At 6:08 PM, Blogger Lauren Katzberg said...

Kate- great job yesterday! Your presentation was very well organized and easy to follow. As I suggested in class, I think it would be good to use the same scenario in your three examples (i.e. what’s your major, I heard that the AEM department is great, I saw on your facebook profile that you are an AEM major). You have a very interesting topic, and there are a lot of directions you can take it in. I am curious to see if you will decide to go beyond the facebook profile and see just how far facebook can take “stalking.” I love how you used Alex as an example, but it might have been interesting to look at the groups he belongs to, his friends, and his pictures. There is a lot of information to be had! It is nice that you are actually doing an experiment. I think it would be good to include a task in your experiment. By having a specific task, it will be easier for you to compare each session. I also think it is interesting how you decided to explicitly tell the person who sees the profile that the other person does not know that you have seen it. This might make that person think that they are not supposed to mention the profile to the other person, which might bias your results. Just a thought. Great job, and congrats!

 
At 6:15 PM, Blogger Amy said...

Kate- Great job on your presentation! Your power point was clear and helpful in understanding your project and ideas. It was well organized and really helped me grasp what you were explaining. Also, the example of a facebook profile that you used really drew the class into your presentation and made it fun!
With respect to your research project, I was reading in your post that you were looking for feedback on whether or not to use a confederate as person B in your study. I agree that there are pros and cons to using a confederate; however, I think that the pros would outweigh the cons in your research. By using a confederate, person A would have the same information available to him or her each time the study was done. I think this would give your results more value because you would not only be able to see is people use the information they gain on facebook, but what types of information they use.
Good luck with your study! It sounds like it will make a great project!

 
At 6:15 PM, Blogger Amy said...

Kate- Great job on your presentation! Your power point was clear and helpful in understanding your project and ideas. It was well organized and really helped me grasp what you were explaining. Also, the example of a facebook profile that you used really drew the class into your presentation and made it fun!
With respect to your research project, I was reading in your post that you were looking for feedback on whether or not to use a confederate as person B in your study. I agree that there are pros and cons to using a confederate; however, I think that the pros would outweigh the cons in your research. By using a confederate, person A would have the same information available to him or her each time the study was done. I think this would give your results more value because you would not only be able to see is people use the information they gain on facebook, but what types of information they use.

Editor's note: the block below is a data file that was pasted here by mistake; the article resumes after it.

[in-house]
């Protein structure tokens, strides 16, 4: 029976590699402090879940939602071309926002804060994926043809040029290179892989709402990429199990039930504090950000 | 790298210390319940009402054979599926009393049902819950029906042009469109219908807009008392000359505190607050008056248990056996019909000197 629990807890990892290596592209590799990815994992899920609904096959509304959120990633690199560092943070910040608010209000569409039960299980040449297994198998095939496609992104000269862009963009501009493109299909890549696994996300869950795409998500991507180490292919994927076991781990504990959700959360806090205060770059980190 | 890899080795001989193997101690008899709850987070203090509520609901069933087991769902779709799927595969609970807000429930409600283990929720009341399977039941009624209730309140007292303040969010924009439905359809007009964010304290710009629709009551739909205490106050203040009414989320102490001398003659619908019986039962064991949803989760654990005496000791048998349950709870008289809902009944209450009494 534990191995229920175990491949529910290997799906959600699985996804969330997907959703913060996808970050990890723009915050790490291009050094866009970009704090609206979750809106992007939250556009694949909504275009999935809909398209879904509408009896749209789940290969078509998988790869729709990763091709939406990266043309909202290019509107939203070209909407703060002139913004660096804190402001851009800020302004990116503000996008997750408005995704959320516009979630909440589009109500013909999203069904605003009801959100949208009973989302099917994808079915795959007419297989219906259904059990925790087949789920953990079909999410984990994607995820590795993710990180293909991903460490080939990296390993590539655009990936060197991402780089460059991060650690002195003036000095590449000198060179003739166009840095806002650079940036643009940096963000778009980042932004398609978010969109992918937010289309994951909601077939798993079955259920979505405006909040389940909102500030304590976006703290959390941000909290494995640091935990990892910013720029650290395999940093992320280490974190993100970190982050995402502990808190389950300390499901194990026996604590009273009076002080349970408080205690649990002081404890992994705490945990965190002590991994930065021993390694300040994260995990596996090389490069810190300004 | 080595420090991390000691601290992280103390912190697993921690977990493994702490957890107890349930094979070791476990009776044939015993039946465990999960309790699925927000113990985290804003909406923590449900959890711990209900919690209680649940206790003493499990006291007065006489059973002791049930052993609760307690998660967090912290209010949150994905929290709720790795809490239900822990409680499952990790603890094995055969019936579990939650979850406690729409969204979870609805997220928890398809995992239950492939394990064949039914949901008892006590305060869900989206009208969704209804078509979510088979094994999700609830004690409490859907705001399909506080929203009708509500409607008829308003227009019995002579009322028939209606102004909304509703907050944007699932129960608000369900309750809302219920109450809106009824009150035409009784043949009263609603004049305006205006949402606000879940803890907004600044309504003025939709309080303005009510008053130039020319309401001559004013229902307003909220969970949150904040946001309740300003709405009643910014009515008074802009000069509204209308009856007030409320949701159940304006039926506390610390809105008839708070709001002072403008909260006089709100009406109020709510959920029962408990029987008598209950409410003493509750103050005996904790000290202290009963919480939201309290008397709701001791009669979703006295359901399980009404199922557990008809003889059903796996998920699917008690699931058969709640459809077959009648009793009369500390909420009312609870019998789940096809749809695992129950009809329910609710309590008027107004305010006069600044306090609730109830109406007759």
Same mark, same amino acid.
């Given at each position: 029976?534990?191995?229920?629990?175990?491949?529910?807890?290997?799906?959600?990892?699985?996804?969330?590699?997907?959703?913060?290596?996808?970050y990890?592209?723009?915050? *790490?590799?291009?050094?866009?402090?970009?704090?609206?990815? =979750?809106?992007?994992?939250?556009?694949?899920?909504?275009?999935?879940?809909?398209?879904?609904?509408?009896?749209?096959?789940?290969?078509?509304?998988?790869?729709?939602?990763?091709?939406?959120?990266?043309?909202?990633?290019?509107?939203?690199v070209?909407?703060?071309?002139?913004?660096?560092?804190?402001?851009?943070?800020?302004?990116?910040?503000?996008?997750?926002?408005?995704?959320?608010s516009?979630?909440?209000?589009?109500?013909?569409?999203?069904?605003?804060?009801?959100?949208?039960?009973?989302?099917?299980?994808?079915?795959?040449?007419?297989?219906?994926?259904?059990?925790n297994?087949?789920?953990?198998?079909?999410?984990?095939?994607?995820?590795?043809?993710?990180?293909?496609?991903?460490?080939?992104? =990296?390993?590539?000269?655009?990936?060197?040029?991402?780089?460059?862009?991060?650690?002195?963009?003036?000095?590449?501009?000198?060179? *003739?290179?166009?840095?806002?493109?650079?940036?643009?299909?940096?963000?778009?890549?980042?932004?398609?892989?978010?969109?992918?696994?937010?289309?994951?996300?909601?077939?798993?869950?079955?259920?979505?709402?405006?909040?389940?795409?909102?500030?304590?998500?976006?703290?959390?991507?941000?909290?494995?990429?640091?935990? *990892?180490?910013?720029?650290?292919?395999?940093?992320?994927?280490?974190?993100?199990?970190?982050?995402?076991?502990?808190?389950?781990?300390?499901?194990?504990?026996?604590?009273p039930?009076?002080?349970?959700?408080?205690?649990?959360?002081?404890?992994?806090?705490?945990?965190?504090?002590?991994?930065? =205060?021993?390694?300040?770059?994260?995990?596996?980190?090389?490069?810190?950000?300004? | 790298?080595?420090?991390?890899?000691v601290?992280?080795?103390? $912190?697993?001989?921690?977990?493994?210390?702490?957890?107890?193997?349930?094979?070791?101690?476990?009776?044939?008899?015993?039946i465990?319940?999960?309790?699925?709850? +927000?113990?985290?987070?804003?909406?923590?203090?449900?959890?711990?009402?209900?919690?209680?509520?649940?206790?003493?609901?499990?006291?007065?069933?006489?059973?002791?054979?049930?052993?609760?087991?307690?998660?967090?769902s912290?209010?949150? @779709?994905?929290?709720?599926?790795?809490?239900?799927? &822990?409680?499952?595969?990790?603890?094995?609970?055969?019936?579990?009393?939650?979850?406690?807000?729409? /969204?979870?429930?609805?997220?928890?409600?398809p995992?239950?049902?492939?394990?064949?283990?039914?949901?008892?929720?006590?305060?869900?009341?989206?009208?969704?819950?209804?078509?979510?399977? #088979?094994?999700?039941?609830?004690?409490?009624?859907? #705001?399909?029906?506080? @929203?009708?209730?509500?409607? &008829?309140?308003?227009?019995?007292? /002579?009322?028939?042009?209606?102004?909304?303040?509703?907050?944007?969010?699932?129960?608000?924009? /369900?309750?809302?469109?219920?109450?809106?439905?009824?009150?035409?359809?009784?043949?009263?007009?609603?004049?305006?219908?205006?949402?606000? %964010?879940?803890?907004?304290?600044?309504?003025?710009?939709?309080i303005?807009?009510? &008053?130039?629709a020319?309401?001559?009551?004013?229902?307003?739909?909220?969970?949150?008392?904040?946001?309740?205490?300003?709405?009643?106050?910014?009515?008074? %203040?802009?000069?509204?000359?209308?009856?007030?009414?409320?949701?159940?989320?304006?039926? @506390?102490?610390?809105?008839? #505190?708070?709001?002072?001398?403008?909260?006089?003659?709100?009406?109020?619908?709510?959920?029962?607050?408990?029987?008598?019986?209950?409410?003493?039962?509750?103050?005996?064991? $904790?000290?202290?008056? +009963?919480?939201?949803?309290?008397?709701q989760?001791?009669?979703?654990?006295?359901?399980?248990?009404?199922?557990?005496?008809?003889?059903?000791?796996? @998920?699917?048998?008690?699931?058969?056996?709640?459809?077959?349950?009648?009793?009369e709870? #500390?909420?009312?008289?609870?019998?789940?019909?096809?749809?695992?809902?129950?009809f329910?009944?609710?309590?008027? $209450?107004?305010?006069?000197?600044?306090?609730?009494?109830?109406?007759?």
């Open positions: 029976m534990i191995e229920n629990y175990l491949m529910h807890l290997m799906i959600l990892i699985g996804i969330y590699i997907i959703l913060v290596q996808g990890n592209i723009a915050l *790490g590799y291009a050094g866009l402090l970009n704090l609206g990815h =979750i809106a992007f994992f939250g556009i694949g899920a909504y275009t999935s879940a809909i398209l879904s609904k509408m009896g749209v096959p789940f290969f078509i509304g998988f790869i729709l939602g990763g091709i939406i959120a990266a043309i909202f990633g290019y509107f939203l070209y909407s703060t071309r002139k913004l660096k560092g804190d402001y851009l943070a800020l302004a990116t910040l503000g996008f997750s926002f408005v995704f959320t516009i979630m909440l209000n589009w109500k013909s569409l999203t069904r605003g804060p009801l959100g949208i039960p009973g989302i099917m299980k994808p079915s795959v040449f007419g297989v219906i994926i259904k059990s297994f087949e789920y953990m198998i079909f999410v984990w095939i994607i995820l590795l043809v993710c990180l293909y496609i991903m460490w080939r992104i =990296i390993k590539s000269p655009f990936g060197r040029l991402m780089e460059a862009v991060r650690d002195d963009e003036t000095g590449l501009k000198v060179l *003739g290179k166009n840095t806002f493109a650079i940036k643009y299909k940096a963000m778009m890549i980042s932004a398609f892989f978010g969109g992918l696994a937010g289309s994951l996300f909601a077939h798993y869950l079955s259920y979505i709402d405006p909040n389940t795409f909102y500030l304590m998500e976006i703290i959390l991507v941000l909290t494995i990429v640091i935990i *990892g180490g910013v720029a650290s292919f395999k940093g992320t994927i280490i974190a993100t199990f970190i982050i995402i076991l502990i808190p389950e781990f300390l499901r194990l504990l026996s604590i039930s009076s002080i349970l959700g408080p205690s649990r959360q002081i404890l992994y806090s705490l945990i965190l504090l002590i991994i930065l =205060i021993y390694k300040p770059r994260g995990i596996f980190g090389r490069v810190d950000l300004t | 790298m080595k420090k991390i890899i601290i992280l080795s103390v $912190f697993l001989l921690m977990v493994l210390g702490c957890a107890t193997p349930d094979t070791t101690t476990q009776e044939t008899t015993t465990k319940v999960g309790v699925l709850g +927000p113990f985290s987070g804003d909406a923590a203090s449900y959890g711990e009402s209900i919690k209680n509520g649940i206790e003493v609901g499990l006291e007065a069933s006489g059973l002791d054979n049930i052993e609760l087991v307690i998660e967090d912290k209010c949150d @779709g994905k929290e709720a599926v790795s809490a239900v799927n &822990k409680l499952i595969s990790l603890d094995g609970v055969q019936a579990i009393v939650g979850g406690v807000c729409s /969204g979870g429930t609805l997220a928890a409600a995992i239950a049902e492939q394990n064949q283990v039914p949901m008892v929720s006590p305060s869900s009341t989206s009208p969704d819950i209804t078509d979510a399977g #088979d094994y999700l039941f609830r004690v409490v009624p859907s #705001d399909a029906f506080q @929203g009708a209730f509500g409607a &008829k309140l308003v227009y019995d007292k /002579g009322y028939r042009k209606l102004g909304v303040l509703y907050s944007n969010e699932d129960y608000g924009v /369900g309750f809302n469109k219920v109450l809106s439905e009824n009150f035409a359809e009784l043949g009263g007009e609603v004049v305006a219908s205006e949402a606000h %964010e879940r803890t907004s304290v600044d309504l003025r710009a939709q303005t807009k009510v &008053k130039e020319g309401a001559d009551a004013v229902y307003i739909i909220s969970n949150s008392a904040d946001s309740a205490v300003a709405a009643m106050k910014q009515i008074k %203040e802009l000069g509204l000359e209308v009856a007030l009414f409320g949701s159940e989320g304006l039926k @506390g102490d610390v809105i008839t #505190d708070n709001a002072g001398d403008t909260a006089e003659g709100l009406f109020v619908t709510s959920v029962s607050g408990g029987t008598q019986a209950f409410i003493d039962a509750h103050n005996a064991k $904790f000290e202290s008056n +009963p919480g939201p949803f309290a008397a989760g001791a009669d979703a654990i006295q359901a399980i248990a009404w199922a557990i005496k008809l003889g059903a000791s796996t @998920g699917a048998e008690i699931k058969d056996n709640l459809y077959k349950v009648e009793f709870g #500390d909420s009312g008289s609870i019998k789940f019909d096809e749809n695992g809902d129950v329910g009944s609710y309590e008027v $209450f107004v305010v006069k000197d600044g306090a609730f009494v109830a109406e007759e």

Good luck with your study! It sounds like it will make a great project!

 
At 3:38 PM, Blogger Jenna Odett said...

Sorry it's a little late, but I still want to comment on your presentation (and offer my congratulations!). I think your approach to the presentation was optimal for your audience (us). You immediately had our attention because you included Alex's profile, and you only used a few slides to convey your topic, which kept it simple. I don't think anyone else in the class is studying asymetrical communication, so you held intrigue. In regards to your topic, you presented very succinctly and I think you did a great job.
On the questions you asked of us:
1. I've been reading everyone's thoughts and concerns, and I actually think that while it may be more difficult to control and harder to decipher differences, NOT using the confederate allows more flexibility in your results. An especially good point is that the likely confederate is an upper level communcation major studying digital deception. I think it will be very interesting to see how your experiment pans out (whether you use the confederate or not).
I liked your idea for a "get-to-know-you" task. I think that breaks the ice and lets people understand what kind of conversation you're intending to elicit from them to study.
Overall, really great job and congrats again!

 
At 12:29 AM, Blogger kaitlin said...

Kate-
First of all, great job! We have to give ourselves credit for going ont he first day, right? Your topic is really interesting and I think it's great how you organized your hypotheses. I agree with Lauren's comment in class that you should keep your examples consistend. It's amazing how much of a difference it can make! Also, I suggest using a confederate in your study; I'm not sure what the downsides are (I'm sure you know of a few) but confederated also aid to aspect of consistency, and also if you see that something isn't working, they can change accordingly. Other than that, great start! And congrats on the engagement!